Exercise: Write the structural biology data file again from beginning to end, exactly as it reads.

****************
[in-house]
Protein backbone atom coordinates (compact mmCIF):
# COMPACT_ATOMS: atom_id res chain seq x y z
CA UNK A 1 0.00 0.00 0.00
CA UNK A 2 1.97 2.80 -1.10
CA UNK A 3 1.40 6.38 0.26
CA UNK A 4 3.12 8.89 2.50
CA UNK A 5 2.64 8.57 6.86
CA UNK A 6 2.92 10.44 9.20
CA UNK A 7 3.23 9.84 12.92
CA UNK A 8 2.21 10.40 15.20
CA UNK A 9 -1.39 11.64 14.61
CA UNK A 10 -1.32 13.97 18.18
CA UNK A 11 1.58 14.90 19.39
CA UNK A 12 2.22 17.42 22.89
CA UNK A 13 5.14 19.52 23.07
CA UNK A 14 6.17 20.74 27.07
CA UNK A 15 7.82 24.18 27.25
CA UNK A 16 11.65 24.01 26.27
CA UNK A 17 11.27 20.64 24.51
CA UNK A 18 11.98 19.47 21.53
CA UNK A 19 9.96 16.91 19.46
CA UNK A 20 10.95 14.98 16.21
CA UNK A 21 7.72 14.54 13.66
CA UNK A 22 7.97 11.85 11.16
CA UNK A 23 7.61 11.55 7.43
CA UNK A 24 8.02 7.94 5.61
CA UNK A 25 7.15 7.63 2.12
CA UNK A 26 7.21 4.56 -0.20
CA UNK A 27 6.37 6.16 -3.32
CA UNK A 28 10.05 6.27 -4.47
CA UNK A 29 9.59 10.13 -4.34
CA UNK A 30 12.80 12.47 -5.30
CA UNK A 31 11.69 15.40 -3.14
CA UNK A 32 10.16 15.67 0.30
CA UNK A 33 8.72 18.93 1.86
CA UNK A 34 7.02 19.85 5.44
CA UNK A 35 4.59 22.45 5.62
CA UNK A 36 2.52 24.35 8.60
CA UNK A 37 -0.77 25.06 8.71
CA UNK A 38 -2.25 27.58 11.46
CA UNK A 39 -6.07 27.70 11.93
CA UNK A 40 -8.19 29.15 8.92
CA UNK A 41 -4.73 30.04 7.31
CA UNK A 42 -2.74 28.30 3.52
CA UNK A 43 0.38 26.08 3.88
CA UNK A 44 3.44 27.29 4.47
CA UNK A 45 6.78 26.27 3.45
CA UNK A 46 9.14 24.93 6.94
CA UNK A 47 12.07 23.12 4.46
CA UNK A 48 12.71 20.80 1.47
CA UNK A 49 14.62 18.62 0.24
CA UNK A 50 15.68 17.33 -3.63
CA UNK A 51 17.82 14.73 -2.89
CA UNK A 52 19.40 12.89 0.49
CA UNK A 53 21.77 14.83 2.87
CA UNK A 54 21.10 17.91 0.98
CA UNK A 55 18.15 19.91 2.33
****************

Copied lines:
[in-house]
Protein backbone atom coordinates (compact mmCIF):
# COMPACT_ATOMS: atom_id res chain seq x y z
CA UNK A 1 0.00 0.00 0.00
CA UNK A 2 1.97 2.80 -1.10
CA UNK A 3 1.40 6.38 0.26
CA UNK A 4 3.12 8.89 2.50
CA UNK A 5 2.64 8.57 6.86
CA UNK A 6 2.92 10.44 9.20
CA UNK A 7 3.23 9.84 12.92
CA UNK A 8 2.21 10.40 15.20
CA UNK A 9 -1.39 11.64 14.61
CA UNK A 10 -1.32 13.97 18.18
CA UNK A 11 1.58 14.90 19.39
CA UNK A 12 2.22 17.42 22.89
CA UNK A 13 5.14 19.52 23.07
CA UNK A 14 6.17 20.74 27.07
CA UNK A 15 7.82 24.18 27.25
CA UNK A 16 11.65 24.01 26.27
CA UNK A 17 11.27 20.64 24.51
CA UNK A 18 11.98 19.47 21.53
CA UNK A 19 9.96 16.91 19.46
CA UNK A 20 10.95 14.98 16.21
CA UNK A 21 7.72 14.54 13.66
CA UNK A 22 7.97 11.85 11.16
CA UNK A 23 7.61 11.55 7.43
CA UNK A 24 8.02 7.94 5.61
CA UNK A 25 7.15 7.63 2.12
CA UNK A 26 7.21 4.56 -0.20
CA UNK A 27 6.37 6.16 -3.32
CA UNK A 28 10.05 6.27 -4.47
CA UNK A 29 9.59 10.13 -4.34
CA UNK A 30 12.80 12.47 -5.30
CA UNK A 31 11.69 15.40 -3.14
CA UNK A 32 10.16 15.67 0.30
CA UNK A 33 8.72 18.93 1.86
CA UNK A 34 7.02 19.85 5.44
CA UNK A 35 4.59 22.45 5.62
CA UNK A 36 2.52 24.35 8.60
CA UNK A 37 -0.77 25.06 8.71
CA UNK A 38 -2.25 27.58 11.46
CA UNK A 39 -6.07 27.70 11.93
CA UNK A 40 -8.19 29.15 8.92
CA UNK A 41 -4.73 30.04 7.31
CA UNK A 42 -2.74 28.30 3.52
CA UNK A 43 0.38 26.08 3.88
CA UNK A 44 3.44 27.29 4.47
CA UNK A 45 6.78 26.27 3.45
CA UNK A 46 9.14 24.93 6.94
CA UNK A 47 12.07 23.12 4.46
CA UNK A 48 12.71 20.80 1.47
CA UNK A 49 14.62 18.62 0.24
CA UNK A 50 15.68 17.33 -3.63
CA UNK A 51 17.82 14.73 -2.89
CA UNK A 52 19.40 12.89 0.49
CA UNK A 53 21.77 14.83 2.87
CA UNK A 54 21.10 17.91 0.98
CA UNK A 55 18.15 19.91 2.33